“For new construction, we are absolutely seeing a pull back from the lender community,” said Darron Kattan, who specializes in multi-family housing for the Tampa brokerage Franklin Street. Banks prefer developers with proven records and even those might have to increase their equity in the project by 5 or 10 percent, he said.

On the flip side, it’s easier to buy an existing apartment community.

“Lenders want do those deals now more than before,” Kattan said. “It takes a lot of risk out of the deal because you have existing cash flow (from rents).”

New hotel construction could also be challenging to finance, even though the Tampa Bay area currently is one of the hottest hotel markets in the country.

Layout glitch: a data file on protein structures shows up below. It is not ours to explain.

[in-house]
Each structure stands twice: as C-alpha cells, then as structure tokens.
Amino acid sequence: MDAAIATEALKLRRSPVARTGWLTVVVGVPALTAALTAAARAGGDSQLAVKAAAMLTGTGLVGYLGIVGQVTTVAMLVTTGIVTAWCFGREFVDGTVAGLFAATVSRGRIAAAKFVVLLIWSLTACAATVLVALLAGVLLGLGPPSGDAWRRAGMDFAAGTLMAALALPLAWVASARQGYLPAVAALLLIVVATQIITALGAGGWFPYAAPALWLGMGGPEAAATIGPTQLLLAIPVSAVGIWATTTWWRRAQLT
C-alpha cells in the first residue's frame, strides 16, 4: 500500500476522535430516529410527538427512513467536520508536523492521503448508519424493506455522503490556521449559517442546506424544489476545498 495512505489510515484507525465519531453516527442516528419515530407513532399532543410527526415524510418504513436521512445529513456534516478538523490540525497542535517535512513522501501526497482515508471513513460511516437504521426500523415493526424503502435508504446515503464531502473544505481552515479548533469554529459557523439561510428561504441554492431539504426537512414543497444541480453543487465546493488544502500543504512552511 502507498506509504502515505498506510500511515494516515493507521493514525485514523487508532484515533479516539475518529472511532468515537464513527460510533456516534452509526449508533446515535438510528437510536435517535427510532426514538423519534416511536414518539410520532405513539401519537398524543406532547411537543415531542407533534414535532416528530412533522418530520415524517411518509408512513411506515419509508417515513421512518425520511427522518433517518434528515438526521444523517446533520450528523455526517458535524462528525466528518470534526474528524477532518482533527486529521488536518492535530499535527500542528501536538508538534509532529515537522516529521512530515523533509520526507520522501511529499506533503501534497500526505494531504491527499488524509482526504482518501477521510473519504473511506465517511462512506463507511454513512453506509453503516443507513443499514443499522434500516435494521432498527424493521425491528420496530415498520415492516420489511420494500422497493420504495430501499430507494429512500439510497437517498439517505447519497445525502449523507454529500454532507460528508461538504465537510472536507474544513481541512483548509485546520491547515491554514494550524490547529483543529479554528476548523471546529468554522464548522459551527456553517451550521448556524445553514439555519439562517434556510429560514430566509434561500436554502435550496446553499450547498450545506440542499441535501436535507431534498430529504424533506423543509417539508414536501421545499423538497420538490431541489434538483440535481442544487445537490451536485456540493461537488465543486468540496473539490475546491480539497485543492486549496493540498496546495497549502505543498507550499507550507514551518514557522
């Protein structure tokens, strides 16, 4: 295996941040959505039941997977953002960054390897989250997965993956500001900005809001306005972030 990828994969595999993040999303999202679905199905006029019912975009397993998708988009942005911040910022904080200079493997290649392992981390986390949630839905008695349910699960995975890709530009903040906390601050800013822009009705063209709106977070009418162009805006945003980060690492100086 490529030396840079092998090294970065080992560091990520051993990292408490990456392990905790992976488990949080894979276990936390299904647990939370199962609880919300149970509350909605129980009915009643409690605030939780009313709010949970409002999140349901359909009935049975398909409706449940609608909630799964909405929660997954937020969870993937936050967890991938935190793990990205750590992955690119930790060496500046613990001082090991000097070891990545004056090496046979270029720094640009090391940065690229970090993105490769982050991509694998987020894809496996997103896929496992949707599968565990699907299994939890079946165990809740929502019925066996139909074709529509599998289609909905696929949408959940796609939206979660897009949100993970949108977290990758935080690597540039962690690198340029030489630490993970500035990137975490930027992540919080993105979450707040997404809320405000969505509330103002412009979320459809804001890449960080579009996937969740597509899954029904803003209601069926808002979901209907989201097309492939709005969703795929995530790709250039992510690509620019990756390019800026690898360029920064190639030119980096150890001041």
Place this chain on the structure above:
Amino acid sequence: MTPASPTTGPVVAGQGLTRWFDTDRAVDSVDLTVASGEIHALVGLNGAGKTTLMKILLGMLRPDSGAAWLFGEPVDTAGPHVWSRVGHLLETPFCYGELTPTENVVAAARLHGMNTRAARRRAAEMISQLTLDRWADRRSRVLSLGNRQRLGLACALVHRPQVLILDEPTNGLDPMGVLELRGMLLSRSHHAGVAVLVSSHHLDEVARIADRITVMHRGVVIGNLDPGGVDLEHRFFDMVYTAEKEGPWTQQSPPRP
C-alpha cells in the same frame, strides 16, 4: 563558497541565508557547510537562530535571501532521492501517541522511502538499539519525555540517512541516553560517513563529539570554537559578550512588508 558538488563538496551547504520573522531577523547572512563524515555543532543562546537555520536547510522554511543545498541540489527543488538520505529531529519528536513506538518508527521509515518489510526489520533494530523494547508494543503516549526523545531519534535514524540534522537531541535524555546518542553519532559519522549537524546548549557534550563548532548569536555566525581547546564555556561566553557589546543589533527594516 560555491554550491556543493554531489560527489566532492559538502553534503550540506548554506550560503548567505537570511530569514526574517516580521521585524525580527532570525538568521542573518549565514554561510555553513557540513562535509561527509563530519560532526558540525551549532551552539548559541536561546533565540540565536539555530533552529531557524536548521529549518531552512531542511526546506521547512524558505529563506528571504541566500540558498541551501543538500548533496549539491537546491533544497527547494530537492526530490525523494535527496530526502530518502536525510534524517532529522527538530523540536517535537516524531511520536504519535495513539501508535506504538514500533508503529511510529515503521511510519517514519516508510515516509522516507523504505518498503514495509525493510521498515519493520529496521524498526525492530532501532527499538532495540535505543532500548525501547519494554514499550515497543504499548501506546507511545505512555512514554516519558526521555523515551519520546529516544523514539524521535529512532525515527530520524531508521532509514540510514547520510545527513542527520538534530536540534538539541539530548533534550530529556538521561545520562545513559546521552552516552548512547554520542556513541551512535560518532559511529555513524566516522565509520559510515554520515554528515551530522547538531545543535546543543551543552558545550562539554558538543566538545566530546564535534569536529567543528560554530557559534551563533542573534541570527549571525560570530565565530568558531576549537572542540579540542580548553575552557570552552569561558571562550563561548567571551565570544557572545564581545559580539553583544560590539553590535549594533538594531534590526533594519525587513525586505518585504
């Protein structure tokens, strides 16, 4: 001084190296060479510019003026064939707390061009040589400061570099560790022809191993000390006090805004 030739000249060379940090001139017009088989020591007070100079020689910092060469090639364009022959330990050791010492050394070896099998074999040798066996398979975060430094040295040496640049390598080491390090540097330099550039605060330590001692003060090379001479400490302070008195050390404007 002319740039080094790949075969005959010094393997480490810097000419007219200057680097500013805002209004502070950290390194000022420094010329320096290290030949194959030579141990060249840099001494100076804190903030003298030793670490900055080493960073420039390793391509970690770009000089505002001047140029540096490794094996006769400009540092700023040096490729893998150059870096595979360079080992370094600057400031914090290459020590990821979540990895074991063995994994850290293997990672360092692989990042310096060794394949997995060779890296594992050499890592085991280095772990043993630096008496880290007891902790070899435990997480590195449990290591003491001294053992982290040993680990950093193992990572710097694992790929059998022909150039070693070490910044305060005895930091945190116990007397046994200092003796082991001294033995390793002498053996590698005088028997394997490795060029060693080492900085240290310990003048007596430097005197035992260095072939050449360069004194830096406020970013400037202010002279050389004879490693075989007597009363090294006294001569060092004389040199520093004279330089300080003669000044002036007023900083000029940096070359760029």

“Tampa is performing significantly better than other markets, still the pace of growth in the bay area has slowed,” Plasencia said. “If you are a new investor in the lodging sector and don’t have strong lending relations, in all likelihood lenders are going to require you to put more equity in the deal.”

And with more and more people shopping online, loans for brick-and mortar stores will be tricky to get.

“The retail sector is challenging unless you have a good, strong grocery-anchored center like Aldi, Publix or Sprouts,” Stern said. Lenders also prefer retail owners that are going to use the property themselves rather then rent it out.

Even as lending tightens, however, some Tampa Bay businesses should still have little trouble borrowing.

Self-storage facilities are easy to finance because they are cheap to build, generate good cash flow and don’t require much work to operate. Medical offices will be in demand as the population ages. More warehouse space will be needed as Tampa Bay continues to grow.